Of course the worst shit was carefully not photographed. For example, my favorite nightmare I actually viewed had a basement that was transparently terrible: the utility room was a big tangle of exposed wires, the "finished" part was literally just carpeting slapped over concrete with no padding, from the staining on the utility room floor you could see there was a history of flooding. Best: it had the original tin ceiling with the original, flaking lead paint.
I also still have all the notes I made when picking houses to view, which are entertaining. For example I rejected this house for "frankly terrifying decorating choices."
Every time I have to call somebody to fix something in my stupid house I feel a deep sympathy for people who burn their shit down for the insurance money.
good news for people who like the post office
They're like "we'll call the defendants who show up first, like with an in-person docket." Bitch then you make ONE meeting and invite everybody! This is not conceptually difficult!
LOL, I got a package delivered to someone with a subhead of a reputable company at my address. Checked to see if my cc was stolen and used to buy shit- nope. Checked to see if he owns property nearby, maybe the address had a number typo- nope. Googled the guy and found some old white pages listings with my address, so I thought to check my *own* property record, turns out he's the guy who sold it to the previous owner...in 2009.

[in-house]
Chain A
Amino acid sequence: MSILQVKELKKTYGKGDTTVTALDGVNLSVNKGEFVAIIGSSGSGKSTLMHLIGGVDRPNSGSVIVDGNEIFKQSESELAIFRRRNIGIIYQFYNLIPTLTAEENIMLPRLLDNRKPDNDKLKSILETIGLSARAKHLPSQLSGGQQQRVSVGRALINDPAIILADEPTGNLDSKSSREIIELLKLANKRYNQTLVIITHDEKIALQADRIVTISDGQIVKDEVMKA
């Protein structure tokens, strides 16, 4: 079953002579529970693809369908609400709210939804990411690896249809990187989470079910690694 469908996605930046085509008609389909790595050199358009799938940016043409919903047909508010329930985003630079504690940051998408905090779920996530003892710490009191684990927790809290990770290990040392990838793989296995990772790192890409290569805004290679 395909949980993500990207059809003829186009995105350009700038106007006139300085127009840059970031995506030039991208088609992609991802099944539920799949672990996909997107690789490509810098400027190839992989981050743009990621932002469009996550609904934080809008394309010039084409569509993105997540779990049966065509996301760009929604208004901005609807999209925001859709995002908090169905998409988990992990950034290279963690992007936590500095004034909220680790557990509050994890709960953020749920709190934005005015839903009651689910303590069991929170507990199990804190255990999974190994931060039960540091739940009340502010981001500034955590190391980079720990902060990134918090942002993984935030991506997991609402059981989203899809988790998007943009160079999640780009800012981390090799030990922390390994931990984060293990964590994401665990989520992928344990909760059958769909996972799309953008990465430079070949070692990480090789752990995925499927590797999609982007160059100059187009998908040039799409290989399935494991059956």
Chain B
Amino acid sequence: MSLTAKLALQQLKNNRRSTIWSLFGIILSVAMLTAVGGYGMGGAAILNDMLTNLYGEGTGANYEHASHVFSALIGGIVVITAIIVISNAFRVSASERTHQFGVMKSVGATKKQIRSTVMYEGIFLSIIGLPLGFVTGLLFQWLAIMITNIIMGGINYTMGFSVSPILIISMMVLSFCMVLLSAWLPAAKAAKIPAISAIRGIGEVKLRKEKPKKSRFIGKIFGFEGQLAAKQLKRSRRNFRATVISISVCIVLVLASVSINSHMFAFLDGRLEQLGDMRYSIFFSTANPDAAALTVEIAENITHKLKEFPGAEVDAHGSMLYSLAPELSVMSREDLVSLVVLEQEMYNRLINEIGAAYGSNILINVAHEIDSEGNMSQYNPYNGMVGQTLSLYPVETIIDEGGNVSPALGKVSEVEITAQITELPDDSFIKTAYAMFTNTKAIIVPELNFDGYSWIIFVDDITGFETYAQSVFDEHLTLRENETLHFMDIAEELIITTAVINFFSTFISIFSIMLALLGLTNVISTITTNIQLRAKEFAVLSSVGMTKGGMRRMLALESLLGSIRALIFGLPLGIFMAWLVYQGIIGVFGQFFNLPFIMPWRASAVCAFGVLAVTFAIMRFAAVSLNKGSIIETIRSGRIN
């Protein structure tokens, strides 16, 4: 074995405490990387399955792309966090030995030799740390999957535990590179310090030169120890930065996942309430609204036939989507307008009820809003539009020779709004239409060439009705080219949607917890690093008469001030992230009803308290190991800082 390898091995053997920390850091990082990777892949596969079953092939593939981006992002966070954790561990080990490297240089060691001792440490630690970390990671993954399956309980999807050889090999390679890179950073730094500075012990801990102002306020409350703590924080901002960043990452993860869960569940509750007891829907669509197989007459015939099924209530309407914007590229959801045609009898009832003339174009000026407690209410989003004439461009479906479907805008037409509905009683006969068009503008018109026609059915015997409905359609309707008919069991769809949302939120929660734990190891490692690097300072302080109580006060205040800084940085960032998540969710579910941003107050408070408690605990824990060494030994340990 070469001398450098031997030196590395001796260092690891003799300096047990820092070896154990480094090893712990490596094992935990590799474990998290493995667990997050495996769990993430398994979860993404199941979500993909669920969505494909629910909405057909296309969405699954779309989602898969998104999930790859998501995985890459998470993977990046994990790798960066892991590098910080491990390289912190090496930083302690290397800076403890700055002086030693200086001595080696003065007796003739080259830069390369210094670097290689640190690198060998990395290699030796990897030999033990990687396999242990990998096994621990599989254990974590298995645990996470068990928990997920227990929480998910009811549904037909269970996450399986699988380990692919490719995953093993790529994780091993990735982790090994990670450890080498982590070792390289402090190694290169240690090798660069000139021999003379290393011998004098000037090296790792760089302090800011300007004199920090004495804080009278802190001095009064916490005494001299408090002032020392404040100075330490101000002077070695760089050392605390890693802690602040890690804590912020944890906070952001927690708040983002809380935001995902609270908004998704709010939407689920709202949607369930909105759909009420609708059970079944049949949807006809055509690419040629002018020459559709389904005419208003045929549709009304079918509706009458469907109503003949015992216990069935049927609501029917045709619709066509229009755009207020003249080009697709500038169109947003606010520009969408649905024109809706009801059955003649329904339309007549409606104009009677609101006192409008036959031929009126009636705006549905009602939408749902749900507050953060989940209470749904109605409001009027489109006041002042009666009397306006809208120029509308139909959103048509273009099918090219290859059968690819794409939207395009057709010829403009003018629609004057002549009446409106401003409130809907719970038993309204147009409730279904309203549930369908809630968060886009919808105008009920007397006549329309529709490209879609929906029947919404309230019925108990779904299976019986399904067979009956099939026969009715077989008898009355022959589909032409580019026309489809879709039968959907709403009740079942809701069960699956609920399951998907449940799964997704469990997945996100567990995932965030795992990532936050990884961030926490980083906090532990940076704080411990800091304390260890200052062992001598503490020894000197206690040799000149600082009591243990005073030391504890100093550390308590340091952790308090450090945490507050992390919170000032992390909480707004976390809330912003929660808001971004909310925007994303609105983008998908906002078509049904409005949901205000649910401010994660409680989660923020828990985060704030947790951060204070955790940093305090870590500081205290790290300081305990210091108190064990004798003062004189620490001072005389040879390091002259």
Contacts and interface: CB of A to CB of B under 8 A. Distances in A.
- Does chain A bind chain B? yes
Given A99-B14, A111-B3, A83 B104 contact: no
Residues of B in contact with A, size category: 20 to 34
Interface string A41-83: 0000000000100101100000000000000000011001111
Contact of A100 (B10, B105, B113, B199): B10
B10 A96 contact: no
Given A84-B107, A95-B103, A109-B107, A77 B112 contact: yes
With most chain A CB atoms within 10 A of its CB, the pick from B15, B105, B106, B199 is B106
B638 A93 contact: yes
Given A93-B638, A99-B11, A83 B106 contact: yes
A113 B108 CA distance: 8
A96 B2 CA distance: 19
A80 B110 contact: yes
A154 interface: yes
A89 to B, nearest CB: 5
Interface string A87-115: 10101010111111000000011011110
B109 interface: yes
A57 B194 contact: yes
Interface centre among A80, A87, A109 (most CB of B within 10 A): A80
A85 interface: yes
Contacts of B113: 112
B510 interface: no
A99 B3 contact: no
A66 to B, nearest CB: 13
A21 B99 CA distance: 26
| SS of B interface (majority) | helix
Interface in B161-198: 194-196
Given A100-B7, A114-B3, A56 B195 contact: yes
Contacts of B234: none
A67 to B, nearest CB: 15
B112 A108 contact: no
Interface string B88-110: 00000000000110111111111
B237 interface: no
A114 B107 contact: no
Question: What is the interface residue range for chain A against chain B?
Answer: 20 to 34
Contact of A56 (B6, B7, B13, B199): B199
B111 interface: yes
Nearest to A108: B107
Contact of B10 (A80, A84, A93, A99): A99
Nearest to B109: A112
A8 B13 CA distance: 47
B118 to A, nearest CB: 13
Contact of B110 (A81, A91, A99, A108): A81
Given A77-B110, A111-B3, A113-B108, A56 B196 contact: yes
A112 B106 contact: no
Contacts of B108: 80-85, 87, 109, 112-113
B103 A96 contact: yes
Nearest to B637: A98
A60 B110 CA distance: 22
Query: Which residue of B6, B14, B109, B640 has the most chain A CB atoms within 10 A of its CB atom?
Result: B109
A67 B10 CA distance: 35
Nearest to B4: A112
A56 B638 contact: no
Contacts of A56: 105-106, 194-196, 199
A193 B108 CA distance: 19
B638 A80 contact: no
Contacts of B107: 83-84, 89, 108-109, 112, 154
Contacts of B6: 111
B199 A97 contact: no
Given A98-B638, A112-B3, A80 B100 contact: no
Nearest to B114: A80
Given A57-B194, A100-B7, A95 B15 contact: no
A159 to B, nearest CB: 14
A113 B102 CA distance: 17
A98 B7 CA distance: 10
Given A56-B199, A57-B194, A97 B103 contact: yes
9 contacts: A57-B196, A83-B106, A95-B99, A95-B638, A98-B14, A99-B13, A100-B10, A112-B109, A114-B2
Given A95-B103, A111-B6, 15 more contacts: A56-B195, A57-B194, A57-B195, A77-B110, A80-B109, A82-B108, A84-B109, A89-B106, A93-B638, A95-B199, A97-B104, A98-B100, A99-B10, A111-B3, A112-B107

😂 It's marketing materials. Into the trash it goes!
spinach as landmine detectors
"Through nanotechnology, engineers at MIT in the US have transformed spinach into sensors capable of detecting explosive materials. These plants are then able to wirelessly relay this information back to the scientists.
When the spinach roots detect the presence of nitroaromatics in groundwater, a compound often found in explosives like landmines, the carbon nanotubes within the plant leaves emit a signal. This signal is then read by an infrared camera, sending an email alert to the scientists."
"'Plants are very good analytical chemists,' explains Professor Michael Strano who led the research. 'They have an extensive root network in the soil, are constantly sampling groundwater, and have a way to self-power the transport of that water up into the leaves.'"
It took 3 hours of research and poking and I still don't know what happened or what fixed it. And only one of the new sticks is in there. But!!! It's still twice the size of the old stick so net gain!
What we've learned from this experience is we do our court prep BEFORE we fuck with our only computer.